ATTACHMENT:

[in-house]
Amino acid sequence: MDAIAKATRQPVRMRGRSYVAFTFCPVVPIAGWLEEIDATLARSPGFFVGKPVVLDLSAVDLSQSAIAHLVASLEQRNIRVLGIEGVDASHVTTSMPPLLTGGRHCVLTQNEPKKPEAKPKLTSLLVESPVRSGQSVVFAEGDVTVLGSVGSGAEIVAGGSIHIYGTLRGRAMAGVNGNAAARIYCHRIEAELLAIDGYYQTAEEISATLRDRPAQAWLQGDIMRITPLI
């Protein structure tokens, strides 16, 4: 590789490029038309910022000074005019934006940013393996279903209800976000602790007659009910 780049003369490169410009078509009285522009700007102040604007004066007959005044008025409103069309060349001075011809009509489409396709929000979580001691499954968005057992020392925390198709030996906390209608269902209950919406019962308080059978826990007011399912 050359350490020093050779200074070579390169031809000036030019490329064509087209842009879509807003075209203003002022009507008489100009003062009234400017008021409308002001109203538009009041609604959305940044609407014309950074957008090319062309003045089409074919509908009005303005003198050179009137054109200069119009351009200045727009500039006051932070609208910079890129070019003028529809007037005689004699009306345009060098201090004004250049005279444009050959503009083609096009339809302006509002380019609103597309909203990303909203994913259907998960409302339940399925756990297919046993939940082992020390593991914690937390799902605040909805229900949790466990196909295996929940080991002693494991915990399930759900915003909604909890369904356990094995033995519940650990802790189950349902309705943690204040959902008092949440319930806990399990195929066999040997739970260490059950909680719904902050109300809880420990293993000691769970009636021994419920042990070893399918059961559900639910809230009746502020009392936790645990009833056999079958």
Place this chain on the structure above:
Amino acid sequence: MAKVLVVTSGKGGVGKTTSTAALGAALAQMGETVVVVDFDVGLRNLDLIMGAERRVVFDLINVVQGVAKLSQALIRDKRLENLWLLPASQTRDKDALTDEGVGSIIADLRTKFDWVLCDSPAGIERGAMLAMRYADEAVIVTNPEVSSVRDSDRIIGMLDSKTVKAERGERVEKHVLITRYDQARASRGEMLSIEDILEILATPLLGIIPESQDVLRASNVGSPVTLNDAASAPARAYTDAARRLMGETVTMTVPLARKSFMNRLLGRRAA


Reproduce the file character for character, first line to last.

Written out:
[in-house]
Amino acid sequence: MDAIAKATRQPVRMRGRSYVAFTFCPVVPIAGWLEEIDATLARSPGFFVGKPVVLDLSAVDLSQSAIAHLVASLEQRNIRVLGIEGVDASHVTTSMPPLLTGGRHCVLTQNEPKKPEAKPKLTSLLVESPVRSGQSVVFAEGDVTVLGSVGSGAEIVAGGSIHIYGTLRGRAMAGVNGNAAARIYCHRIEAELLAIDGYYQTAEEISATLRDRPAQAWLQGDIMRITPLI
């Protein structure tokens, strides 16, 4: 590789490029038309910022000074005019934006940013393996279903209800976000602790007659009910 780049003369490169410009078509009285522009700007102040604007004066007959005044008025409103069309060349001075011809009509489409396709929000979580001691499954968005057992020392925390198709030996906390209608269902209950919406019962308080059978826990007011399912 050359350490020093050779200074070579390169031809000036030019490329064509087209842009879509807003075209203003002022009507008489100009003062009234400017008021409308002001109203538009009041609604959305940044609407014309950074957008090319062309003045089409074919509908009005303005003198050179009137054109200069119009351009200045727009500039006051932070609208910079890129070019003028529809007037005689004699009306345009060098201090004004250049005279444009050959503009083609096009339809302006509002380019609103597309909203990303909203994913259907998960409302339940399925756990297919046993939940082992020390593991914690937390799902605040909805229900949790466990196909295996929940080991002693494991915990399930759900915003909604909890369904356990094995033995519940650990802790189950349902309705943690204040959902008092949440319930806990399990195929066999040997739970260490059950909680719904902050109300809880420990293993000691769970009636021994419920042990070893399918059961559900639910809230009746502020009392936790645990009833056999079958």
Place this chain on the structure above:
Amino acid sequence: MAKVLVVTSGKGGVGKTTSTAALGAALAQMGETVVVVDFDVGLRNLDLIMGAERRVVFDLINVVQGVAKLSQALIRDKRLENLWLLPASQTRDKDALTDEGVGSIIADLRTKFDWVLCDSPAGIERGAMLAMRYADEAVIVTNPEVSSVRDSDRIIGMLDSKTVKAERGERVEKHVLITRYDQARASRGEMLSIEDILEILATPLLGIIPESQDVLRASNVGSPVTLNDAASAPARAYTDAARRLMGETVTMTVPLARKSFMNRLLGRRAA